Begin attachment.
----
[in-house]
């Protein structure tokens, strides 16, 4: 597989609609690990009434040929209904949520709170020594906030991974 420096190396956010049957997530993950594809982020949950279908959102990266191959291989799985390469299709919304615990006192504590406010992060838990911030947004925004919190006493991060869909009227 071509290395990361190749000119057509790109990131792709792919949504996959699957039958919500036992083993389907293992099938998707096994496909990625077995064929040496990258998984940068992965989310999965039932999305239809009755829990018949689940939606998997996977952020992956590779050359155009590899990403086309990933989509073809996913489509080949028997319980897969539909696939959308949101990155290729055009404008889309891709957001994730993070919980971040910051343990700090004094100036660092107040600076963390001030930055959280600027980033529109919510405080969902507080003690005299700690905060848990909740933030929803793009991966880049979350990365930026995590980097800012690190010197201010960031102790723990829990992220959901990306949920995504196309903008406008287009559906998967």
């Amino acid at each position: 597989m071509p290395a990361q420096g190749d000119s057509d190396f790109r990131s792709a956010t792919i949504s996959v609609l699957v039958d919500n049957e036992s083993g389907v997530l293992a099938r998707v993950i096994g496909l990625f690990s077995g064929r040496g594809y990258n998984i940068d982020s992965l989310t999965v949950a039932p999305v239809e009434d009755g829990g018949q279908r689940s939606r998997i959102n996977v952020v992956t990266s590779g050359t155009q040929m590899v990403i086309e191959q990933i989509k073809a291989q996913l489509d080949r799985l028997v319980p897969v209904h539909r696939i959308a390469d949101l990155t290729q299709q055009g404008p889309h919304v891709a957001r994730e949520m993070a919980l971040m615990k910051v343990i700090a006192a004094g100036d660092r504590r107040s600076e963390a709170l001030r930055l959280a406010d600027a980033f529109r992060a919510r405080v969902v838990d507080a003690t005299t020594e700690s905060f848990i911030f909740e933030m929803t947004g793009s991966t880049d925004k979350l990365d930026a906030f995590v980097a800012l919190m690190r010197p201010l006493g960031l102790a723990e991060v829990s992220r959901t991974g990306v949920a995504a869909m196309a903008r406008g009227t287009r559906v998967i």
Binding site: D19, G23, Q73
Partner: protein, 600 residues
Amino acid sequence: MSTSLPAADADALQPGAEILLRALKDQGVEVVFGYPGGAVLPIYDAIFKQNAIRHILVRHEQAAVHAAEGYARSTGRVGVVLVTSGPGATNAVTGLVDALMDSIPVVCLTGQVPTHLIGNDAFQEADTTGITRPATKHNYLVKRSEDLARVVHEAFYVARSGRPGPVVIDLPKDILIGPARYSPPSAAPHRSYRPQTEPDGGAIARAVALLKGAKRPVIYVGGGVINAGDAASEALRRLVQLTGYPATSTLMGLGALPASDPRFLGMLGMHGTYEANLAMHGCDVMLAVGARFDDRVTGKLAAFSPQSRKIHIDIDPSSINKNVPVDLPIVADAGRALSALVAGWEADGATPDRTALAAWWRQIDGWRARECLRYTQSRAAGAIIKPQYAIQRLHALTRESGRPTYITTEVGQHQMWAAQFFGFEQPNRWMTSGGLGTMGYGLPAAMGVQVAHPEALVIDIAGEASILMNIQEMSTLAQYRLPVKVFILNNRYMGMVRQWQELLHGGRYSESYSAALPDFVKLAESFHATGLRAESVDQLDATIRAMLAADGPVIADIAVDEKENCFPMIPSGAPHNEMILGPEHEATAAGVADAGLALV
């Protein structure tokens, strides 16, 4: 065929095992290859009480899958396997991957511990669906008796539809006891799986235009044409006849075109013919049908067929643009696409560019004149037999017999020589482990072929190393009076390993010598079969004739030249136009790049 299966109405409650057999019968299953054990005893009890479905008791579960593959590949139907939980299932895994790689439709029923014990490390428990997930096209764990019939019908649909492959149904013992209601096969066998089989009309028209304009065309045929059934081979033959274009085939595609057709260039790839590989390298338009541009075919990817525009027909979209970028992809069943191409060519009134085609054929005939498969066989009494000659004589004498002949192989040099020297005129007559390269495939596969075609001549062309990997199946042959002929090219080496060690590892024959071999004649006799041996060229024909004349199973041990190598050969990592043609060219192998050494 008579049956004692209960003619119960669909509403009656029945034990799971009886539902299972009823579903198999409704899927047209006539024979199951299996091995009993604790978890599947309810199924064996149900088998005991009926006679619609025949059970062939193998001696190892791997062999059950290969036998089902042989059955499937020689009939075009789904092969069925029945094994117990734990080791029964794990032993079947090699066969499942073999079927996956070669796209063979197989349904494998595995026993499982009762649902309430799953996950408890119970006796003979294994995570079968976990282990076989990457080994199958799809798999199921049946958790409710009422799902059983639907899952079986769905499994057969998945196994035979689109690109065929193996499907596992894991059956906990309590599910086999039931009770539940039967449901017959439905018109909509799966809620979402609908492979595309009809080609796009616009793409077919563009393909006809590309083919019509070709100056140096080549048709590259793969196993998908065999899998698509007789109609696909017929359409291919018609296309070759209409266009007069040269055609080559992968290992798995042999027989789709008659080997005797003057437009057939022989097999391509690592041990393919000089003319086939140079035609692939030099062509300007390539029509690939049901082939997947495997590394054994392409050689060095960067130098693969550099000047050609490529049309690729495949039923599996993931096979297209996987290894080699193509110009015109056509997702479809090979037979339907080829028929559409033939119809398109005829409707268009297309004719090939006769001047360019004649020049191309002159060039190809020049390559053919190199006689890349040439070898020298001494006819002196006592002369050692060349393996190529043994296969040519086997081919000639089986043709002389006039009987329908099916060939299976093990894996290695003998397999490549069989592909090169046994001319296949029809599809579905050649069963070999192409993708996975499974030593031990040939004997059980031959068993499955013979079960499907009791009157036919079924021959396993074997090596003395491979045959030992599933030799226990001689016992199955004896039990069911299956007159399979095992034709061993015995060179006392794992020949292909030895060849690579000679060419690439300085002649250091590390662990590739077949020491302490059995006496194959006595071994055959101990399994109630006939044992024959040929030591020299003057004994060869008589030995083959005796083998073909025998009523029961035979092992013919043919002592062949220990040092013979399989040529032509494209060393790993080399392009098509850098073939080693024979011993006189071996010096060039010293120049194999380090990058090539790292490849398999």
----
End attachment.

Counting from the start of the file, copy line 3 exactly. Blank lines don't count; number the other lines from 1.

């Amino acid at each position: 597989m071509p290395a990361q420096g190749d000119s057509d190396f790109r990131s792709a956010t792919i949504s996959v609609l699957v039958d919500n049957e036992s083993g389907v997530l293992a099938r998707v993950i096994g496909l990625f690990s077995g064929r040496g594809y990258n998984i940068d982020s992965l989310t999965v949950a039932p999305v239809e009434d009755g829990g018949q279908r689940s939606r998997i959102n996977v952020v992956t990266s590779g050359t155009q040929m590899v990403i086309e191959q990933i989509k073809a291989q996913l489509d080949r799985l028997v319980p897969v209904h539909r696939i959308a390469d949101l990155t290729q299709q055009g404008p889309h919304v891709a957001r994730e949520m993070a919980l971040m615990k910051v343990i700090a006192a004094g100036d660092r504590r107040s600076e963390a709170l001030r930055l959280a406010d600027a980033f529109r992060a919510r405080v969902v838990d507080a003690t005299t020594e700690s905060f848990i911030f909740e933030m929803t947004g793009s991966t880049d925004k979350l990365d930026a906030f995590v980097a800012l919190m690190r010197p201010l006493g960031l102790a723990e991060v829990s992220r959901t991974g990306v949920a995504a869909m196309a903008r406008g009227t287009r559906v998967i």